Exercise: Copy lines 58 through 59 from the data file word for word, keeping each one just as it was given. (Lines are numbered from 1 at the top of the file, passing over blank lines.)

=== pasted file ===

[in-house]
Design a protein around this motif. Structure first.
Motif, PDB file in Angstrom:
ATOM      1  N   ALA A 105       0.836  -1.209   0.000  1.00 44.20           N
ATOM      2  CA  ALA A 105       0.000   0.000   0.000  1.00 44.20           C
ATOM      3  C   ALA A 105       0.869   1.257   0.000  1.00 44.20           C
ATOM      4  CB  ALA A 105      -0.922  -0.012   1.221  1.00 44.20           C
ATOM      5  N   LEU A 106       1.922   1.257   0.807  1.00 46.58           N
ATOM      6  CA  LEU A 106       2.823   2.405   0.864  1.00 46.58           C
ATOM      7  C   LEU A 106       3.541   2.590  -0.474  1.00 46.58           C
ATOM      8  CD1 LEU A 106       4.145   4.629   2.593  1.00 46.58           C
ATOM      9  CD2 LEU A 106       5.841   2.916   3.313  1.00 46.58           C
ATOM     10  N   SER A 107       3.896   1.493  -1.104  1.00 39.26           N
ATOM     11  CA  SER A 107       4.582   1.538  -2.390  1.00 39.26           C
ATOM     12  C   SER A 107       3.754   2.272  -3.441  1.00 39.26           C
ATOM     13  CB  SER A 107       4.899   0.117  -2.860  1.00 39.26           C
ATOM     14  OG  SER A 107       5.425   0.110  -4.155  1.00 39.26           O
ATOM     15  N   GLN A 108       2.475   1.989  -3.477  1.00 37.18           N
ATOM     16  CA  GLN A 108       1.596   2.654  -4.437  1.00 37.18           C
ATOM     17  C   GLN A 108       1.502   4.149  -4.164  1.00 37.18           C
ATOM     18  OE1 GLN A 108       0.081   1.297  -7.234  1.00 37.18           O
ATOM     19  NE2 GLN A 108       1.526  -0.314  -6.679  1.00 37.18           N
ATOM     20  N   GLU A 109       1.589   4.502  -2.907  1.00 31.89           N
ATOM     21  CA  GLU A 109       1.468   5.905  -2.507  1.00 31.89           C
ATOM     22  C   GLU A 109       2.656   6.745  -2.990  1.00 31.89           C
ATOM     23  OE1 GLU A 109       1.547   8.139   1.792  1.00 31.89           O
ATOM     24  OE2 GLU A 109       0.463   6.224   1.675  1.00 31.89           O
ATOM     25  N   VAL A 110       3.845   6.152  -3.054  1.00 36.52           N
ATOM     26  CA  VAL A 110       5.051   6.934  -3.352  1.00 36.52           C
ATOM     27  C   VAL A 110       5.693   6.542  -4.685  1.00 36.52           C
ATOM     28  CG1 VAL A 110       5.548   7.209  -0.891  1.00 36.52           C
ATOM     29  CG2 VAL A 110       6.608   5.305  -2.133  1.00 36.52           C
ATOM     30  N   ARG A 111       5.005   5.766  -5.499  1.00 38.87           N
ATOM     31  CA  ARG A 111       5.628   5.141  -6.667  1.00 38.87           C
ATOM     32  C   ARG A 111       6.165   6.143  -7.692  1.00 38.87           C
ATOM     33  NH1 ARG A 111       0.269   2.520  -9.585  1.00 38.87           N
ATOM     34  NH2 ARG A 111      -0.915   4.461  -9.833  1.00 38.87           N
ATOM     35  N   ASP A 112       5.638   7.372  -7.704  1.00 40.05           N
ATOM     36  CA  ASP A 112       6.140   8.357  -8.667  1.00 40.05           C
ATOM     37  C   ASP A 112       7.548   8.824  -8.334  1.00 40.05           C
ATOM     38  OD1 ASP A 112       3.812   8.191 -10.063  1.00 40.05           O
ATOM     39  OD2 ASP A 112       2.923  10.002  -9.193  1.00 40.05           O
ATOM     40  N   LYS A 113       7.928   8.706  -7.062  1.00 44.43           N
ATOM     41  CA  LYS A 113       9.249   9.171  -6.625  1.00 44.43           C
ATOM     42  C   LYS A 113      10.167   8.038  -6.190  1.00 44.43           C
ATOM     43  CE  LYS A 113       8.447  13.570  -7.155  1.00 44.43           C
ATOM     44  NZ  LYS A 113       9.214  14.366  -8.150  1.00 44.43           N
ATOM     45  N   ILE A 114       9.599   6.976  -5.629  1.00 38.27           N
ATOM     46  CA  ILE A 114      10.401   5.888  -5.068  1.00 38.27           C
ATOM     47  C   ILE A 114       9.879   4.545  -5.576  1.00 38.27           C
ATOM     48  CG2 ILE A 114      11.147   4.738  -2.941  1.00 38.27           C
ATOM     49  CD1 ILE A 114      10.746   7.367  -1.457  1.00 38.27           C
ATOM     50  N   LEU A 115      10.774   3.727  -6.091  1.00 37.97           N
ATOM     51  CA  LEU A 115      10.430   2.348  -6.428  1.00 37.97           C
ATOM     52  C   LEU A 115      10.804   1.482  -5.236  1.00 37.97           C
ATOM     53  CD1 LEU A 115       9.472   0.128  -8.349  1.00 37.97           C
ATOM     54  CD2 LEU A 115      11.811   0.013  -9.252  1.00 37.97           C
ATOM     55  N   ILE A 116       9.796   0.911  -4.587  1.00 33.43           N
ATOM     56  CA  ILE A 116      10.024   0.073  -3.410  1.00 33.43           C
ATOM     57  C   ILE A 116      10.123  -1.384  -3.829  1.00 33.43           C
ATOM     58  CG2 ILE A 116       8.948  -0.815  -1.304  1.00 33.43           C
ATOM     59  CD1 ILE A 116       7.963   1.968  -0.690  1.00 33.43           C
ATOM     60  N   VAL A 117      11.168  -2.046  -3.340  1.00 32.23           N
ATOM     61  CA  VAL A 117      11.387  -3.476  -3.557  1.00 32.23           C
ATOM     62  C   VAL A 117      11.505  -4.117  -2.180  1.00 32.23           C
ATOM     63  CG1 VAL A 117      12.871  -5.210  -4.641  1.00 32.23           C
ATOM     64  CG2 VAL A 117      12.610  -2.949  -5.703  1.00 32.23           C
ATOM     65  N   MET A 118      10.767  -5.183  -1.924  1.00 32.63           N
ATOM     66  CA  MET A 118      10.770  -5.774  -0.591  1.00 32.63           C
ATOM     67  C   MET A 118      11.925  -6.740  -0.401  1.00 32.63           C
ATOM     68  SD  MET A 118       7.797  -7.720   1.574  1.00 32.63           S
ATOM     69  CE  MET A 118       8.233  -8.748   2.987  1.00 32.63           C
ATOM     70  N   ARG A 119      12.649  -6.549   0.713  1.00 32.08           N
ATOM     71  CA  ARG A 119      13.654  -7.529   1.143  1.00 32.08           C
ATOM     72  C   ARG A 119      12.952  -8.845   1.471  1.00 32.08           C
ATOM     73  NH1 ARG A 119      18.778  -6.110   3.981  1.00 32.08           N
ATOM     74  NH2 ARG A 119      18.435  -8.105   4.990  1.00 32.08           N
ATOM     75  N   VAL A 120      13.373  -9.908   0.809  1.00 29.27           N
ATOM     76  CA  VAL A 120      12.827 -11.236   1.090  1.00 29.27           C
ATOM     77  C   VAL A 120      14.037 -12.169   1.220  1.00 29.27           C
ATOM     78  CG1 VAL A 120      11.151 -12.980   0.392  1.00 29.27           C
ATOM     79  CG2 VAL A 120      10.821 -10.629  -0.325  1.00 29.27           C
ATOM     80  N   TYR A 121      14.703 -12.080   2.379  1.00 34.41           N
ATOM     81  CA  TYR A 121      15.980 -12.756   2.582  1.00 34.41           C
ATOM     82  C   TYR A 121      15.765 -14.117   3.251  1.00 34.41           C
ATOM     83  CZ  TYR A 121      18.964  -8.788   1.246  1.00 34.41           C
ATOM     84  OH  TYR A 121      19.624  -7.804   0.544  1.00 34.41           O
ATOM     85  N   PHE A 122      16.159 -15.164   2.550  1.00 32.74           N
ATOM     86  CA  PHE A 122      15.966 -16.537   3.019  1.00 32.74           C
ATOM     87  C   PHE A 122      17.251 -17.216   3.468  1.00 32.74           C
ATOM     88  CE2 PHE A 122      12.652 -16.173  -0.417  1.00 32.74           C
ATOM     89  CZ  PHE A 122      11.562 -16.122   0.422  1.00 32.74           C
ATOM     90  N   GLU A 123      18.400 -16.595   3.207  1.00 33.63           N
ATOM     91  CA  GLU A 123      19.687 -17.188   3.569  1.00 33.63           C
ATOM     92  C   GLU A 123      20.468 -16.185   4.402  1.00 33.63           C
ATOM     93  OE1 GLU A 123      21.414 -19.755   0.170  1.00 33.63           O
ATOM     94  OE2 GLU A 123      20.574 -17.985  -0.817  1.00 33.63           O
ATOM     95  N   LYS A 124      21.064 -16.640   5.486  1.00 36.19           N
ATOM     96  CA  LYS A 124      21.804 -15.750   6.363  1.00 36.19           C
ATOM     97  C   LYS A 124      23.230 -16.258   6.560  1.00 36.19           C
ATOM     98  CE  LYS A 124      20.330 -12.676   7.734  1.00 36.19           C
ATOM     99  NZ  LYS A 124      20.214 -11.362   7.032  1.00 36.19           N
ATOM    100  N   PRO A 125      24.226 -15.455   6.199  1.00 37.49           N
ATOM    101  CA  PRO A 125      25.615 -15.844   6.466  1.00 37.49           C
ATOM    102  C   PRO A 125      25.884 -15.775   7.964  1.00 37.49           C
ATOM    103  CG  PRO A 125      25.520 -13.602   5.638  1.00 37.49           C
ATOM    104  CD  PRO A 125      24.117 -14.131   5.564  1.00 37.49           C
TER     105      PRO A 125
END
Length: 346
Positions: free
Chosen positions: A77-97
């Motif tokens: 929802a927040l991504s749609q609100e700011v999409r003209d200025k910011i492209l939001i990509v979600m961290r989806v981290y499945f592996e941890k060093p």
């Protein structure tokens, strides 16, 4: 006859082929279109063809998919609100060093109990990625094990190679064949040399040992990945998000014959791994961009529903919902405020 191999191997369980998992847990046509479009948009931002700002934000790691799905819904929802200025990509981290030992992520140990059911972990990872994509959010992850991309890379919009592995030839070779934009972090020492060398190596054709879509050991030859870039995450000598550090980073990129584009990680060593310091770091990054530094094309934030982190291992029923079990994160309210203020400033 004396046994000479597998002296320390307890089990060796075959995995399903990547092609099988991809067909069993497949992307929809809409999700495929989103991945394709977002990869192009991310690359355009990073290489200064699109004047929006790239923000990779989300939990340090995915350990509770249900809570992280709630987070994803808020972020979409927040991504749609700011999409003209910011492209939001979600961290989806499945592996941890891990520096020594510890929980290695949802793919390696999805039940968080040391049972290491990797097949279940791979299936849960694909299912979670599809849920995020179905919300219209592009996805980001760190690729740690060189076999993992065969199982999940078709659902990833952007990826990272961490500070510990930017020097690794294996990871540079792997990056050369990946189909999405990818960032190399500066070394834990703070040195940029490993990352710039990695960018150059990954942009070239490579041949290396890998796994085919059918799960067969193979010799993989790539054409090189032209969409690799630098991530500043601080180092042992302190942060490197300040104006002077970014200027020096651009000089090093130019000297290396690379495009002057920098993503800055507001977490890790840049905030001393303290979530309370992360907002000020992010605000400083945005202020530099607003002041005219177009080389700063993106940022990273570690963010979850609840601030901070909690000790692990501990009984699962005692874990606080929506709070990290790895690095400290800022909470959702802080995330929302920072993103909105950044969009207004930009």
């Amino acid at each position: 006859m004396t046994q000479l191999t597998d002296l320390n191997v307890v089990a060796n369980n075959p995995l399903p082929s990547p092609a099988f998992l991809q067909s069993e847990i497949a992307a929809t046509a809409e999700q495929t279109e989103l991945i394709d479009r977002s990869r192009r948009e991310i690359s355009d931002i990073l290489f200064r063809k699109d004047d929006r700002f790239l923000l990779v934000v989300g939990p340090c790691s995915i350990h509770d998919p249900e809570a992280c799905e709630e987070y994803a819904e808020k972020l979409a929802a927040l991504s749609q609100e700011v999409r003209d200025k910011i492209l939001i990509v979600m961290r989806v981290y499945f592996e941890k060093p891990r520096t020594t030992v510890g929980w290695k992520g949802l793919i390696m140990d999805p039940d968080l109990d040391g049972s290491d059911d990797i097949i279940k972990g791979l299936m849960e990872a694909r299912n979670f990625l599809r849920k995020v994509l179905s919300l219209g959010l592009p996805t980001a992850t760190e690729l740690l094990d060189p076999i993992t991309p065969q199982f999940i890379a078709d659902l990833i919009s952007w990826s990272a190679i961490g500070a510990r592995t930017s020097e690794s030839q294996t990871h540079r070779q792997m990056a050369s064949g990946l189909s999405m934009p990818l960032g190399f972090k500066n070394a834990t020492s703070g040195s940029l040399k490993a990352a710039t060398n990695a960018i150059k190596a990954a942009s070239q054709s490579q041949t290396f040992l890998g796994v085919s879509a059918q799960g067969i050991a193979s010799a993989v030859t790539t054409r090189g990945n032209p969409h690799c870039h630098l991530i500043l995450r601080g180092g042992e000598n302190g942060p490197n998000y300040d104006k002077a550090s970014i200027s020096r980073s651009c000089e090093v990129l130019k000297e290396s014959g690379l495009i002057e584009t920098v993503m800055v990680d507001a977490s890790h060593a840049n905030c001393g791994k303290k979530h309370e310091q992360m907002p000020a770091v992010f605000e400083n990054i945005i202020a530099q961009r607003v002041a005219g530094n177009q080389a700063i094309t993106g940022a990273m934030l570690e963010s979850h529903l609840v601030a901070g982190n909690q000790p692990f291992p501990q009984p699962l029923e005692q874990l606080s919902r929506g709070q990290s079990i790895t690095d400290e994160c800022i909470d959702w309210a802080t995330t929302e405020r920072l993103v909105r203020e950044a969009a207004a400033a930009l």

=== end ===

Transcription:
ATOM     55  N   ILE A 116       9.796   0.911  -4.587  1.00 33.43           N
ATOM     56  CA  ILE A 116      10.024   0.073  -3.410  1.00 33.43           C